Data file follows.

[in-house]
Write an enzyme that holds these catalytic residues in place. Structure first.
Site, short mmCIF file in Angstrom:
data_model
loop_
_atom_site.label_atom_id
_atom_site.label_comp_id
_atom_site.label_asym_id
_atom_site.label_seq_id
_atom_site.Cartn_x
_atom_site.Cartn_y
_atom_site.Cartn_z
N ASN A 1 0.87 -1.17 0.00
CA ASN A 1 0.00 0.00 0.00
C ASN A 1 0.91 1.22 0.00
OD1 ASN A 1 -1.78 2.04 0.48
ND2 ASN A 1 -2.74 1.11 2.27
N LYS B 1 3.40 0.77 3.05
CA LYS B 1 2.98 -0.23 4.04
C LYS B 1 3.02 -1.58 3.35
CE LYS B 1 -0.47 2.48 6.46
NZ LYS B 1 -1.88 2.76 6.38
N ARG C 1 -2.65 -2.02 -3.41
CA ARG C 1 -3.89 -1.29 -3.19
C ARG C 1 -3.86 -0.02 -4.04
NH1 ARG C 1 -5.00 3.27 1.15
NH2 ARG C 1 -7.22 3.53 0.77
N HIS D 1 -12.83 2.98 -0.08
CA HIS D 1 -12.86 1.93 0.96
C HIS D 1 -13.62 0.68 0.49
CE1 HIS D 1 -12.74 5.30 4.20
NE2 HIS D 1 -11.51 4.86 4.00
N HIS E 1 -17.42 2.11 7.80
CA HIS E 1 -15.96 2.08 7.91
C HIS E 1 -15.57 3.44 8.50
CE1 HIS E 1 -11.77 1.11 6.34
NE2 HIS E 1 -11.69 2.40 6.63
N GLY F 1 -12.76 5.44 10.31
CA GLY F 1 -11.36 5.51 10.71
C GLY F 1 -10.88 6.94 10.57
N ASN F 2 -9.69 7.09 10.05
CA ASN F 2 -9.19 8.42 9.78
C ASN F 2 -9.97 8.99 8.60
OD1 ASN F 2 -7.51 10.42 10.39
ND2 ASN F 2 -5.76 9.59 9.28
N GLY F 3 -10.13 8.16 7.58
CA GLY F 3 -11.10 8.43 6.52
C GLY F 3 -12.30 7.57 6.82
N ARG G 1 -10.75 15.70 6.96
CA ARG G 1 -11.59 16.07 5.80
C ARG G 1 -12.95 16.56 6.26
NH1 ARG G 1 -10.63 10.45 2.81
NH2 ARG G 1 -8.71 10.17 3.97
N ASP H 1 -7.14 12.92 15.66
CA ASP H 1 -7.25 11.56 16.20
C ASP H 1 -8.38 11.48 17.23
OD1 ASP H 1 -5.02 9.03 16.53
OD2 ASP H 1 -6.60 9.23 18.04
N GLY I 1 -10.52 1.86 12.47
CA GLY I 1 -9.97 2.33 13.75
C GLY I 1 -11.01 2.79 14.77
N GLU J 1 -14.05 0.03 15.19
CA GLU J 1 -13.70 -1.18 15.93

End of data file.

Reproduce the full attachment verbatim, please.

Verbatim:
[in-house]
Write an enzyme that holds these catalytic residues in place. Structure first.
Site, short mmCIF file in Angstrom:
data_model
loop_
_atom_site.label_atom_id
_atom_site.label_comp_id
_atom_site.label_asym_id
_atom_site.label_seq_id
_atom_site.Cartn_x
_atom_site.Cartn_y
_atom_site.Cartn_z
N ASN A 1 0.87 -1.17 0.00
CA ASN A 1 0.00 0.00 0.00
C ASN A 1 0.91 1.22 0.00
OD1 ASN A 1 -1.78 2.04 0.48
ND2 ASN A 1 -2.74 1.11 2.27
N LYS B 1 3.40 0.77 3.05
CA LYS B 1 2.98 -0.23 4.04
C LYS B 1 3.02 -1.58 3.35
CE LYS B 1 -0.47 2.48 6.46
NZ LYS B 1 -1.88 2.76 6.38
N ARG C 1 -2.65 -2.02 -3.41
CA ARG C 1 -3.89 -1.29 -3.19
C ARG C 1 -3.86 -0.02 -4.04
NH1 ARG C 1 -5.00 3.27 1.15
NH2 ARG C 1 -7.22 3.53 0.77
N HIS D 1 -12.83 2.98 -0.08
CA HIS D 1 -12.86 1.93 0.96
C HIS D 1 -13.62 0.68 0.49
CE1 HIS D 1 -12.74 5.30 4.20
NE2 HIS D 1 -11.51 4.86 4.00
N HIS E 1 -17.42 2.11 7.80
CA HIS E 1 -15.96 2.08 7.91
C HIS E 1 -15.57 3.44 8.50
CE1 HIS E 1 -11.77 1.11 6.34
NE2 HIS E 1 -11.69 2.40 6.63
N GLY F 1 -12.76 5.44 10.31
CA GLY F 1 -11.36 5.51 10.71
C GLY F 1 -10.88 6.94 10.57
N ASN F 2 -9.69 7.09 10.05
CA ASN F 2 -9.19 8.42 9.78
C ASN F 2 -9.97 8.99 8.60
OD1 ASN F 2 -7.51 10.42 10.39
ND2 ASN F 2 -5.76 9.59 9.28
N GLY F 3 -10.13 8.16 7.58
CA GLY F 3 -11.10 8.43 6.52
C GLY F 3 -12.30 7.57 6.82
N ARG G 1 -10.75 15.70 6.96
CA ARG G 1 -11.59 16.07 5.80
C ARG G 1 -12.95 16.56 6.26
NH1 ARG G 1 -10.63 10.45 2.81
NH2 ARG G 1 -8.71 10.17 3.97
N ASP H 1 -7.14 12.92 15.66
CA ASP H 1 -7.25 11.56 16.20
C ASP H 1 -8.38 11.48 17.23
OD1 ASP H 1 -5.02 9.03 16.53
OD2 ASP H 1 -6.60 9.23 18.04
N GLY I 1 -10.52 1.86 12.47
CA GLY I 1 -9.97 2.33 13.75
C GLY I 1 -11.01 2.79 14.77
N GLU J 1 -14.05 0.03 15.19
CA GLU J 1 -13.70 -1.18 15.93